Unesco and the European Commission have launched a new research project to assess the leven of education about the Holocaust and other genocides in the European Union.
The announcement about the project was made a day before Europe observed the 2016 Holocaust Memorial Day. The study is entitled The Holocaust and Genocide in Contemporary Education: Curricula, Textbooks and Pupils' Perceptions in Comparison. The project will offer an analysis of how the genocide of Jews has been represented in textbooks in EU member countries and what is the perception of students about the horrific chapter of World War Two. The study will be carried out in partnership with Germany's Georg Eckert Institute.
"The project will provide education stakeholders and Holocaust and genocide studies experts with an assessment of representations of the genocide of the Jewish people and of other crimes perpetrated by the Nazi regime and its collaborators, while also assessing the understanding of other genocides within educational media," an official statement read.
The research is also expected to provide comparison of Holocaust and genocide representations in classroom teachings. It is seen as an imperative move as the last generation of Nazi holocaust survivors are gradually disappearing, the statement added.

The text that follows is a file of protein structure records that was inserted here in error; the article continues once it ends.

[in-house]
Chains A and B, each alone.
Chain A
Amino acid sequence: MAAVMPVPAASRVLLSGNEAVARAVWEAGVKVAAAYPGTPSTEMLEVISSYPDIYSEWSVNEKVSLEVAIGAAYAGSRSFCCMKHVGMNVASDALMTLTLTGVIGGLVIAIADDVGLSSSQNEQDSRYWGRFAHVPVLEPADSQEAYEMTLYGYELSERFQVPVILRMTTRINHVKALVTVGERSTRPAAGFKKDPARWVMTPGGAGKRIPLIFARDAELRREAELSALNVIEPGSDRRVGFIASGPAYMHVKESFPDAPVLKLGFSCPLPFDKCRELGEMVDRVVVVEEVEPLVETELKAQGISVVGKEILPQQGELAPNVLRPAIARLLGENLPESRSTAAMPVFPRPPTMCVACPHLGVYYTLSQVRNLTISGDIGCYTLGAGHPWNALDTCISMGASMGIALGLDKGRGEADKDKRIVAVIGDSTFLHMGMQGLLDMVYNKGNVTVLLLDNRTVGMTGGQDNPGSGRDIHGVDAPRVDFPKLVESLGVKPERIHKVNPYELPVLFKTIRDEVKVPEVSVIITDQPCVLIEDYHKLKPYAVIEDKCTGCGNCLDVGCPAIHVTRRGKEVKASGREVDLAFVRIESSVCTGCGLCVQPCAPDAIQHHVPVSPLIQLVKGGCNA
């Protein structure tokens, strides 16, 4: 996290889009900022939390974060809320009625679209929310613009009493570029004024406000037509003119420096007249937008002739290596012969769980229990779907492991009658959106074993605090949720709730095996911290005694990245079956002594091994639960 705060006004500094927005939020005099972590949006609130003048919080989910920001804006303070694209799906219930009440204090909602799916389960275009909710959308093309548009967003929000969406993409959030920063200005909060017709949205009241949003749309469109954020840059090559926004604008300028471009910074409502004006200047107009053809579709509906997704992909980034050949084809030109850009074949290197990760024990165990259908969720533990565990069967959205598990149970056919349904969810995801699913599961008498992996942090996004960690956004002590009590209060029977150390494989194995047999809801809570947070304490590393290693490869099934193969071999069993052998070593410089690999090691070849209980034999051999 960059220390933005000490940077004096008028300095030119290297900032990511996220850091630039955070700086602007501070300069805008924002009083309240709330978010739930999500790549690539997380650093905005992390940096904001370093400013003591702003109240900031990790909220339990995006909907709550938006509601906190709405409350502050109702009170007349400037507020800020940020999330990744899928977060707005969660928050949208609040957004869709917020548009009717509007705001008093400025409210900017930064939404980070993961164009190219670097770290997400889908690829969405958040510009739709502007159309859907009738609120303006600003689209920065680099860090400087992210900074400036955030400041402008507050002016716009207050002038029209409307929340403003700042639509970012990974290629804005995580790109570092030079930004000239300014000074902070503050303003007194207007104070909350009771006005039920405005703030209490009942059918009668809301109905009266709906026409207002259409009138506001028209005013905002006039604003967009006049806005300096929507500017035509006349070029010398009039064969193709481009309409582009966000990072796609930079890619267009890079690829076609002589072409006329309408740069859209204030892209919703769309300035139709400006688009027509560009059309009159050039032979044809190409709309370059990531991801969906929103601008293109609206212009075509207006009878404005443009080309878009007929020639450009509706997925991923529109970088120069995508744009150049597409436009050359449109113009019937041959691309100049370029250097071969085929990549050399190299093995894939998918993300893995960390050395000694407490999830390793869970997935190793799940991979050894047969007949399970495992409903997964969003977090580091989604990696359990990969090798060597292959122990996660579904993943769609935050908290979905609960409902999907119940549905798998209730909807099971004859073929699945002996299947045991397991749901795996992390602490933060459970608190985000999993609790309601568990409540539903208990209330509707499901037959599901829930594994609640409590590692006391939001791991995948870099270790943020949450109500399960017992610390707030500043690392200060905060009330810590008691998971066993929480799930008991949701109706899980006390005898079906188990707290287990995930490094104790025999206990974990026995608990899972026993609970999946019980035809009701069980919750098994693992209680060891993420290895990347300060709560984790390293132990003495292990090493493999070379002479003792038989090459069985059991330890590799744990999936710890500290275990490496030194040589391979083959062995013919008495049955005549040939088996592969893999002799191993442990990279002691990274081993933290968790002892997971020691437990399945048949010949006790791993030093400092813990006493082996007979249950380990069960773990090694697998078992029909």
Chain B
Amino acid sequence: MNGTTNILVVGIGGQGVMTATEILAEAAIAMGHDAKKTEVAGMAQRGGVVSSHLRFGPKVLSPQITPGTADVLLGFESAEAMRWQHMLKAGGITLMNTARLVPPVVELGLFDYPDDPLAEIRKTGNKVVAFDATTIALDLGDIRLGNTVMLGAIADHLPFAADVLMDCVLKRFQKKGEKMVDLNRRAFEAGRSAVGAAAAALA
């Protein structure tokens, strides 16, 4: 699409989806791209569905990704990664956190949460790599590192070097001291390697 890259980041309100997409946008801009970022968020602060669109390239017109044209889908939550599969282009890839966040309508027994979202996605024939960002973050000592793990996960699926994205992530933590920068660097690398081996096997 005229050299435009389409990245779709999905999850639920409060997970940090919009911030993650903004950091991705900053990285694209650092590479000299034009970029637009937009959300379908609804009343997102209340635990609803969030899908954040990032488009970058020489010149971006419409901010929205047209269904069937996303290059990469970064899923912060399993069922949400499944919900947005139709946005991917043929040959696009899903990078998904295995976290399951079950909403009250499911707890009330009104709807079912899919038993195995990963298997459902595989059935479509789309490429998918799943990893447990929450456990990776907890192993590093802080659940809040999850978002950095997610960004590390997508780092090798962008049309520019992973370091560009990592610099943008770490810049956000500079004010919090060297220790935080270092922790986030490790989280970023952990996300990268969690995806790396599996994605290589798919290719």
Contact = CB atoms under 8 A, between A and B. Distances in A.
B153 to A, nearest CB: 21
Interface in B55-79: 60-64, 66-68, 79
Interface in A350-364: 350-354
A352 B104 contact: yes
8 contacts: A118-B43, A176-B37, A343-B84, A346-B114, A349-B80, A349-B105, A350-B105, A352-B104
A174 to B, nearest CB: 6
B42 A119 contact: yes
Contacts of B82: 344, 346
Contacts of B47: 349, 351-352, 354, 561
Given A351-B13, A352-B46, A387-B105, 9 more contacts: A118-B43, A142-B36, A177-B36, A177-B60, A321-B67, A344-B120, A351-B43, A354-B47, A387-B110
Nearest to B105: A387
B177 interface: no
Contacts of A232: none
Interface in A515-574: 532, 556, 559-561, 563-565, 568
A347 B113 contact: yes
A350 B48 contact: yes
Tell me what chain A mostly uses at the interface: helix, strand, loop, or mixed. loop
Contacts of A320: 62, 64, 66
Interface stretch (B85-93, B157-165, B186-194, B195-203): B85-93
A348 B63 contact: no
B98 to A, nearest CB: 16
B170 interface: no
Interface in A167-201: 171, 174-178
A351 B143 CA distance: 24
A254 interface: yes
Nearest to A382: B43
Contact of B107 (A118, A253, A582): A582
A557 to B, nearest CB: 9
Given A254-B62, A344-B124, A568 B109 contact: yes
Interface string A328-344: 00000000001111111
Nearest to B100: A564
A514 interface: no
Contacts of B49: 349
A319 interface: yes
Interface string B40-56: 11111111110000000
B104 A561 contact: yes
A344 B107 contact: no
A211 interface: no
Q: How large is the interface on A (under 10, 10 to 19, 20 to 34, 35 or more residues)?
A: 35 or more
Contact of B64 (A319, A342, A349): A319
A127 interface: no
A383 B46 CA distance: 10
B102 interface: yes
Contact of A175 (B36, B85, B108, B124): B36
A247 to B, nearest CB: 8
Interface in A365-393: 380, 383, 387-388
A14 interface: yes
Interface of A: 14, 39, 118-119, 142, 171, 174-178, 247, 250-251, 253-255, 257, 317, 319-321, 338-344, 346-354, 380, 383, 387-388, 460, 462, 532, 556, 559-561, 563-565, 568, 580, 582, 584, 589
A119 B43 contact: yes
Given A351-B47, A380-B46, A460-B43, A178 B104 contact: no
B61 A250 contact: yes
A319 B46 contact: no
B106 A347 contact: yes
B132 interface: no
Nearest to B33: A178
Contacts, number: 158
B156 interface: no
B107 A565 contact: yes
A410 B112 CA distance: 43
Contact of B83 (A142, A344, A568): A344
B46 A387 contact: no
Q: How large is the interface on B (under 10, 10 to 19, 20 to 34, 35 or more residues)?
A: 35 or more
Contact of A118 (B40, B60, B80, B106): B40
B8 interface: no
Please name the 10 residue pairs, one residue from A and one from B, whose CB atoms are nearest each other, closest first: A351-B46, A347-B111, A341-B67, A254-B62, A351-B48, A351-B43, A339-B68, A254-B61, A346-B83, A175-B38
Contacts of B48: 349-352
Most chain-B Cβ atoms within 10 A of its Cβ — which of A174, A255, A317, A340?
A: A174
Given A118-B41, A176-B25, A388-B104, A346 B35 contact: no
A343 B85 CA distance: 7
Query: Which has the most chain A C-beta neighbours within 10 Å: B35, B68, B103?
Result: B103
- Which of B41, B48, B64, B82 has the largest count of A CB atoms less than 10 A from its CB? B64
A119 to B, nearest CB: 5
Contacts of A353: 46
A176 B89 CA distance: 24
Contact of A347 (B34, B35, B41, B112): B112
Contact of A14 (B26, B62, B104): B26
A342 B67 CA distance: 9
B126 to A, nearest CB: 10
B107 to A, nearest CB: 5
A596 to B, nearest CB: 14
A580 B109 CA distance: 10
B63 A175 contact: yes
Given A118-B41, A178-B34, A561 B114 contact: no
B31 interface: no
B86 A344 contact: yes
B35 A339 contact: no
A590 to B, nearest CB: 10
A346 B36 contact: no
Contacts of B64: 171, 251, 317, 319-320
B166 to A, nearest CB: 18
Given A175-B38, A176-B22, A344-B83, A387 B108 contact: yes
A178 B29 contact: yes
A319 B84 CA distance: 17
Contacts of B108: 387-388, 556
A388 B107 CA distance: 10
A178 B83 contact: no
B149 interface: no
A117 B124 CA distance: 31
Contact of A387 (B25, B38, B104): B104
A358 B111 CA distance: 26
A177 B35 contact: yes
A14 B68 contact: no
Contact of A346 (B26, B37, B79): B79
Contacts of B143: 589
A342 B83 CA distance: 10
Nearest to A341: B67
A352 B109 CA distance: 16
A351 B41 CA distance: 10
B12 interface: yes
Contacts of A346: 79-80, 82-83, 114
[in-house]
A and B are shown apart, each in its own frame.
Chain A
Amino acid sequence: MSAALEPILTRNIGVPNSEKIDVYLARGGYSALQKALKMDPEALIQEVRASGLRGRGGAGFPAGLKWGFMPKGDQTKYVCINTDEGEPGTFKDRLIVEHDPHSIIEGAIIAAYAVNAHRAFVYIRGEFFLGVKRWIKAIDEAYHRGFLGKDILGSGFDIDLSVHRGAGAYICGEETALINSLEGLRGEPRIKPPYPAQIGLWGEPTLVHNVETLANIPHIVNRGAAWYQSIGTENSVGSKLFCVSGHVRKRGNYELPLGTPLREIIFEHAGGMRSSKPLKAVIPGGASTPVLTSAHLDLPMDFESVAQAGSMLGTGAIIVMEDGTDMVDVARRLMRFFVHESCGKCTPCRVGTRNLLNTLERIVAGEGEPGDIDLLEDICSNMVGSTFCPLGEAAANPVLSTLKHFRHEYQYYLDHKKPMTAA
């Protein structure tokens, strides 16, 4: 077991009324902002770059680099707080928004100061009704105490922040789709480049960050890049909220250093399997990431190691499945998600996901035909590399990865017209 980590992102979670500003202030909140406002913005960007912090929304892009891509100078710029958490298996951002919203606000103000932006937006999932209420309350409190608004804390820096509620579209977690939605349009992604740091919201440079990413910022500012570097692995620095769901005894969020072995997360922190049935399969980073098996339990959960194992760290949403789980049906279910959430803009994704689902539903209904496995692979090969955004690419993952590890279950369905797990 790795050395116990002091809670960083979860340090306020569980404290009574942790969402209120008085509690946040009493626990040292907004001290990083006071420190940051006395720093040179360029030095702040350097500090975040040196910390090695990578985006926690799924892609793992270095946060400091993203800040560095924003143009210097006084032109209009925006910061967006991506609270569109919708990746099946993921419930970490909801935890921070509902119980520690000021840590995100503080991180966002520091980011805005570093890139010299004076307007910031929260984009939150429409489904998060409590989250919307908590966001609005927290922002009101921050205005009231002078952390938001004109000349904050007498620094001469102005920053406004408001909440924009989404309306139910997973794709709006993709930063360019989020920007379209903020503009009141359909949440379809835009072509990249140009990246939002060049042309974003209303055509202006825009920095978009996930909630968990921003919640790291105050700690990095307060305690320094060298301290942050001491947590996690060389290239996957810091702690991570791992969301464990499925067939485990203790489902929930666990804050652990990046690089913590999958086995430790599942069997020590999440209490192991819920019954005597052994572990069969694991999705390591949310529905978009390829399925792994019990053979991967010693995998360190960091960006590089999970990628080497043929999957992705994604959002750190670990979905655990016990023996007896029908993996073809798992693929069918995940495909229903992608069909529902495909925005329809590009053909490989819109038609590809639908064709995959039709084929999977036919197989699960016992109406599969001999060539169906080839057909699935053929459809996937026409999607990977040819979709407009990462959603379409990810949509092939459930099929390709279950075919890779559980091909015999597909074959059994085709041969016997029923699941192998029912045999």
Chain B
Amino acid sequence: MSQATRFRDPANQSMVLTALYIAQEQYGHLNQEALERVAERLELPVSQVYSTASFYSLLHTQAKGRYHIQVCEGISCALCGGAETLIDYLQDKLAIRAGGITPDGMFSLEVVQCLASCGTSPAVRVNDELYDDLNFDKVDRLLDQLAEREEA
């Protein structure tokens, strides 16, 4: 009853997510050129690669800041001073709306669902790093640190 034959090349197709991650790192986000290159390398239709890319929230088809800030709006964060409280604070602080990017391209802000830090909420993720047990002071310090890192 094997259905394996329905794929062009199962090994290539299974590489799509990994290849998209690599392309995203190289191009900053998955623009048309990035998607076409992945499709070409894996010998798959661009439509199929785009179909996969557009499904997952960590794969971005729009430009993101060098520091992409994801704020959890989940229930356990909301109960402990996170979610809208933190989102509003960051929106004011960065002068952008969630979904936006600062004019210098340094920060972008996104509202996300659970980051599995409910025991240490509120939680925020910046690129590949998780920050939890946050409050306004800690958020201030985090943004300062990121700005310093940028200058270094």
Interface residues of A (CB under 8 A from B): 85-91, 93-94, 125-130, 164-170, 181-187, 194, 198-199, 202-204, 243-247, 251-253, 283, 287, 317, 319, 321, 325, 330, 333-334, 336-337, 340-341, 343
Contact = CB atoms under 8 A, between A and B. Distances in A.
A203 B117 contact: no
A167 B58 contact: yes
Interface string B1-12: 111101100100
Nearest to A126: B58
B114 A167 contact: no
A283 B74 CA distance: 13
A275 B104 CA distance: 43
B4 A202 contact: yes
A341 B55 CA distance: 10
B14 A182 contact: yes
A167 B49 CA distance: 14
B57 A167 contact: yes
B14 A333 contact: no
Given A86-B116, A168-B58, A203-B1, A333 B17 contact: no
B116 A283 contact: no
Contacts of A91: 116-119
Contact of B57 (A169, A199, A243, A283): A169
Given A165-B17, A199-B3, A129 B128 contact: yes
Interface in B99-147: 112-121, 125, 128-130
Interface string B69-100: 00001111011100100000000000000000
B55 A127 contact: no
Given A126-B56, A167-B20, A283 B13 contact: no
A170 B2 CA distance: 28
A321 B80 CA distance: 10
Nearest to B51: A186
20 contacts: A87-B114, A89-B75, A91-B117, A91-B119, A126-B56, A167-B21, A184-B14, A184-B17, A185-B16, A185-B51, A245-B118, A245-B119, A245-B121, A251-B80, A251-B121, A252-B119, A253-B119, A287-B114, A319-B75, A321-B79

According to researchers, the study also comes around an apt time when genocides continue to occur in other parts of the world and when Europe is once again witnessing rise in anti-Semitism as millions of Syrian refugees take shelter across the continent.
Even a recent government report revealed that "too many" UK's teachers needed support to teach children about the Holocaust "correctly".
"Education stakeholders, who are committed to ensuring that the Holocaust and genocide are known and understood among European citizens, are faced with new challenges," the researchers said. They hope that the new study will help develop good practice and policy in the field of curriculum and learning.
Unesco adopted a resolution on Holocaust remembrance through education in 2007. The resolution recognised teaching about the history of the Holocaust as a fundamental to establish respect for human rights, basic freedoms and the values of tolerance and mutual respect. Under the decree, "UN member states are encouraged to develop educational programmes that transmit the memory of the Holocaust to future generations so as to prevent genocide from occurring again."